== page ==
Breaking and entering cases are generally considered to be a criminal act for which you can be arrested. But if you do damage to someone’s property in the process of breaking and entering, can you can also be sued in civil court?
Civil Vs. Criminal
Criminal charges are either a misdemeanor or a felony, depending on the intent. If someone just breaks into a home, it’s usually a misdemeanor.
Add larceny (theft) or another crime, such as the intent to terrorize someone, breaking into a house of worship, or breaking into a motor vehicle, and the charges become a felony. In either case, these criminal charges can trigger an arrest.
If an arrested individual causes a significant amount of damages, an affected person can choose to file a civil lawsuit to recover money for damages committed during the criminal activity.
An individual who is the recipient of a breaking and entering attempt will frequently suffer damages as a result of the crime, such as:
- Damage to a home, apartment or other dwellings
- Damage to a vehicle, such as broken glass, broken doors, etc.
- Property damage inside of the home or business, such as furniture, fixtures, plumbing, structural fixtures (such as damage to walls) or other private property
Much like a personal injury case, the plaintiff can also sue for compensatory damages for the costs of repair and/or replacement, as well as legal costs, medical costs, loss of wages, and other associated expenses. Punitive damages are also a possibility, as well as things like pain and suffering.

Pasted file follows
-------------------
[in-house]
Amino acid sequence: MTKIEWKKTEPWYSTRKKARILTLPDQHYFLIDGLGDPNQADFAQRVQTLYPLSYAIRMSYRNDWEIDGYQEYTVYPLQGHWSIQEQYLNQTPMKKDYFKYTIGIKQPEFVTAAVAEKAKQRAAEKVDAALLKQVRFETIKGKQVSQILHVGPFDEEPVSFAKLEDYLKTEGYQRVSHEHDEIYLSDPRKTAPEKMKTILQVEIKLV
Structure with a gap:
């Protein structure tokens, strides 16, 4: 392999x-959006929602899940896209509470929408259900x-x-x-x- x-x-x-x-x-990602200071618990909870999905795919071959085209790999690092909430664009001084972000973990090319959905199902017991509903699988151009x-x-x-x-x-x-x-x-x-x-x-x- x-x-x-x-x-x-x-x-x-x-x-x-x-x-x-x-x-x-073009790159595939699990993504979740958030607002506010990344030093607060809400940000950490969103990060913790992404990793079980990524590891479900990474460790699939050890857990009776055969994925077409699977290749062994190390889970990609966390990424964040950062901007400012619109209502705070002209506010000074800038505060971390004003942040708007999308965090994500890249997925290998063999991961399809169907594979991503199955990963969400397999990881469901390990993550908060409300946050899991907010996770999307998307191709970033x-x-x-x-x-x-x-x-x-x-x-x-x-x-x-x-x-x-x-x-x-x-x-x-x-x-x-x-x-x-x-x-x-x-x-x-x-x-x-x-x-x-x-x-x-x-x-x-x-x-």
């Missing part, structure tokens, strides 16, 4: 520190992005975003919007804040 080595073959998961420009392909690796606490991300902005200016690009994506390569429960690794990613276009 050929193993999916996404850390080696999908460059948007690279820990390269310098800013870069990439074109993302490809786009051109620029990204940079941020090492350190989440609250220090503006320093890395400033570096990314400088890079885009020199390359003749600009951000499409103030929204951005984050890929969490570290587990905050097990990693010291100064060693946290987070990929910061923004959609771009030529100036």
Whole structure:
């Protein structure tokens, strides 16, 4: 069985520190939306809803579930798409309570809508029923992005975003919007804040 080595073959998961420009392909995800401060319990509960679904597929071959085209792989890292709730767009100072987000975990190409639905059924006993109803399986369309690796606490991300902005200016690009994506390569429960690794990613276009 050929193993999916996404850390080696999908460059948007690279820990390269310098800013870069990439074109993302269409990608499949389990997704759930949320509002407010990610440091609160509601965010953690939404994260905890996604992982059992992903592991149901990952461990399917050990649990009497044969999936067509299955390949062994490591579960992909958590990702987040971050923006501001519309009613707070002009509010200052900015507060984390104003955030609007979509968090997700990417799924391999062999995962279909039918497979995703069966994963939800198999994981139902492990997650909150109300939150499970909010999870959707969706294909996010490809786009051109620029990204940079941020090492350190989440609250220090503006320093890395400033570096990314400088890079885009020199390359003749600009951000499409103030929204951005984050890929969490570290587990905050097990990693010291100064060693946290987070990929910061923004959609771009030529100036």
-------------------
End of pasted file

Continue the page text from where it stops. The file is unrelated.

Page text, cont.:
Statute Of Limitations
Someone who has suffered damages from an individual breaking and entering has three years from the date of the break-in to file a lawsuit for monetary compensation. North Carolina General Statutes section 1-52 details the conditions, including 5: For criminal conversation, or for any other injury to the person or rights of another, not arising on contract and not hereafter enumerated.
A civil suit for these damages is separate from a criminal case, tried in a different court. Even if an individual is incarcerated for breaking and entering, he or she can still be sued in civil court and served with a summons. The rules are the same for timeliness and jurisdiction whether or not the person is in prison, and it does not stop the civil process.
However, a person who intends to sue someone who committed breaking and entering should consult with an attorney before proceeding, especially if the damages are significant.
Defend Yourself Against Breaking & Entering
Being charged with breaking and entering doesn’t always follow with a conviction. With the right criminal defense, you could see your charges reduced, or even dropped.
Dewey P. Brinkley is an experienced criminal defense attorney in Raleigh, NC. Before working as a defense attorney, he was a Wake County Assistant District Attorney. He understands the criminal justice system and can represent you for a wide range of criminal charges.